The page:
Joe Wilkins

Joe Wilkins (CNF, Fiction, Poetry) | McMinnville, OR

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Joe Wilkins is the author of a memoir, The Mountain and the Fathers: Growing up on the Big Dry, winner of a 2014 GLCA New Writers Award—an honor that has previously recognized early works by the likes of Richard Ford, Louise Erdrich, and Alice Munro—and two previous full-length collections of poems, Notes from the Journey Westward and Killing the Murnion Dogs. His most recent collection, When We Were Birds, part of the Miller Williams Poetry Prize Series edited by Billy Collins, is now out from the University of Arkansas Press.

A Pushcart Prize winner and National Magazine Award finalist, Wilkins has published essays, poems, and stories in The Georgia Review, The Southern Review, TriQuarterly, The Sun, Orion, and Slate, among other venues. Of Wilkins’s work, Deborah Kim, editor at the Indiana Review, writes, “The most striking component of it is its awareness of ‘the whole world.’ What is ordinary becomes transcendent. In places derelict and seemingly unexceptional, Wilkins compels us to recognize what is worth salvage, worth praise.”

Wilkins lives with his wife, son, and daughter in McMinnville, Oregon, where he teaches writing at Linfield College. As the winner of the Boyden Wilderness Writing Residency from PEN Northwest, he and his family spent the summer of 2015 living in a remote cabin along the Rogue River in the Klamath Mountains of Oregon.


When We Were Birds (University or Arkansas Press, 2016).  Miller Williams Prize. Poetry
Far Enough: A Western in Fragments (Black Lawrence Press, 2015). Fiction.
The Far Edges of the Fourth Genre: Explorations in Creative Nonfiction (Michigan State University Press, 2014). CNF. Craft Essays.

The Mountain and the Fathers: Growing up on the Big Dry (Counterpoint Press, 2012). CNF. Memoir.
Notes from the Journey Westward (White Pine Press, 2012). White Pine Press Poetry Prize. Poetry.
Killing the Murnion Dogs (Black Lawrence Press, 2011). Poetry.


Press & Reviews

“Full of imaginative novelty as well as reminders that miraculous secrets are hidden in the fabric of everyday life . . . these poems show us the truth and even the dignity of ordinary experience.”
—Billy Collins

“This gritty collection from Joe Wilkins showcases how the outdoors can be a classroom for all matters of the heart: it sneaks devastating truths and disjunctions into soil and shattered rivers, into places where ‘a vole snouts / through my throat, where a tree frog’s scream / fills my heart’s dark riffle.’ When We Were Birds doesn’t just contemplate all ruin and hard work, where ‘the backs of my hands / had lustered clear to burlap or dry river mud,’ but also masterfully showcases a magnificent spill and glide of beautiful language even if the speaker begs, ‘O god/of busted wishes/ leave me here a long time here/ in the stinking dark.’”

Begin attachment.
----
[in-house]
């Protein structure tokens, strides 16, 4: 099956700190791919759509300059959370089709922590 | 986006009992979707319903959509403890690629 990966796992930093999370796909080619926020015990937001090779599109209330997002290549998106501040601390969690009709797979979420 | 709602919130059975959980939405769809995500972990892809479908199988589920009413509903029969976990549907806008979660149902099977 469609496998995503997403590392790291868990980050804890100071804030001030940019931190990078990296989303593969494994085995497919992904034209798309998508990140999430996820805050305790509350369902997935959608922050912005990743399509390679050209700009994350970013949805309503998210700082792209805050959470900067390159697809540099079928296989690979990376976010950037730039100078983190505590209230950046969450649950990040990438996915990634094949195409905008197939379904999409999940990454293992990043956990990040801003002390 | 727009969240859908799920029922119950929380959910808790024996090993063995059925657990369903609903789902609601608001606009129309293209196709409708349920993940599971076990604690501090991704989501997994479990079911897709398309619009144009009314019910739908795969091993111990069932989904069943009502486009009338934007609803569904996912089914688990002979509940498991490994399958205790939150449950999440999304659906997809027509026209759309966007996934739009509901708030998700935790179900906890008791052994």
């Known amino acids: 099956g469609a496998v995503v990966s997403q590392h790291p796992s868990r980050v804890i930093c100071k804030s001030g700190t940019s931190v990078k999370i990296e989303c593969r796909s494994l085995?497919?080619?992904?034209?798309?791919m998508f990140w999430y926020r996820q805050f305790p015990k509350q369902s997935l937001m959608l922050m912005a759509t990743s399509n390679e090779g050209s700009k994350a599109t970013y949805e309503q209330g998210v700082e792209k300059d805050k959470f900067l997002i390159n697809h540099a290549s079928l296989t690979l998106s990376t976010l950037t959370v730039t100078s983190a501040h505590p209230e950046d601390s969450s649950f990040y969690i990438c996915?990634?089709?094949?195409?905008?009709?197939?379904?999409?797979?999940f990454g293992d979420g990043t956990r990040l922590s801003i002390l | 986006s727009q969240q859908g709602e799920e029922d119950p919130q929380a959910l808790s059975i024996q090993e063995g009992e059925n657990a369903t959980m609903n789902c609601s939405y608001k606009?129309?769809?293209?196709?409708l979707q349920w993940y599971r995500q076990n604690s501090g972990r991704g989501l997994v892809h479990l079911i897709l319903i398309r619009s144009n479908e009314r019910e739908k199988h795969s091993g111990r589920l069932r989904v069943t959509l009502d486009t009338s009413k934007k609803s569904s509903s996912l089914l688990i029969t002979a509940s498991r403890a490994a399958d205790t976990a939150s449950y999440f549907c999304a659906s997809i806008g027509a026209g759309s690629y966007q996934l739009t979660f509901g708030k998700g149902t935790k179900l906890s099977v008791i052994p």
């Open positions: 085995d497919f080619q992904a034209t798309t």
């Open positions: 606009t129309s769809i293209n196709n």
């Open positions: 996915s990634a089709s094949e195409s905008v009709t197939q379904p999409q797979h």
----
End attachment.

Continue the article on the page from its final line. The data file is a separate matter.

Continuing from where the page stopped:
—Aimee Nezhukumatathil

“The most striking component of [Wilkins’s work] is its awareness of the whole world. What is ordinary becomes transcendent. In places derelict and seemingly unexceptional, Wilkins compels us to recognize what is worth salvage, worth praise.”
Indiana Review

Far Enough shows how a book can be woven out of shards that have been chiseled off the heartstone of the West and assembled in such a way as to make sense, to tell a story. It’s a postmodern western, but it’s a western nonetheless. While I read the book on a hot summer day, sitting in my hammock here in a village at the Appalachian edge of the Midwest, I started thinking of Mark Twain and Richard Brautigan, of Sherman Alexie and Louise Erdrich, of all those strong regional voices that capture the spirit of various frontiers. This is the spirit of Wilkins’s book. He brings to life through fragments a time and a place, a contemporary West in which mothers die not from bear attacks but from meth overdoses, a world in which the river runs dry every summer, possibly the action of an angry god, but more plausibly because of climate change. And it’s able to tell these stories through brief snippets, paragraphs, and one- to two-page pieces linked only by a shared vision of the world they create.
-Vivan Wagner, writing at Easy Street: A Magazine of Books and Culture

The Big Dry of eastern Montana makes for a subject of rich complexity. Joe Wilkins evokes place like Willa Cather. That is, place begins as a kind of raw, wide-open poetry. But Wilkins tells a different story. This is about the author’s search for a model of fatherhood, to fill spaces left empty by the death of his father. Wilkins strikes with staggering, melancholy, progressively self-reflective prose that, in part, inhabits the sparseness of the part of Montana where he was born and grew up. Yet his prose also pushes against what might be considered the standard fare of writing fixed in the American West. He addresses memory and the inability to remember in lyrical prose that is, at times, achingly beautiful yet never pretentious or sentimental and never cold. With exquisite control at both the structural and sentence level, he displays both a surety and openness to question, particularly with regard to class and masculinity without theorizing or naming them as such.
–Judges’ Citation for The Mountain and the Fathers, Winner of the 2014 GLCA New Writers Award in Nonfiction

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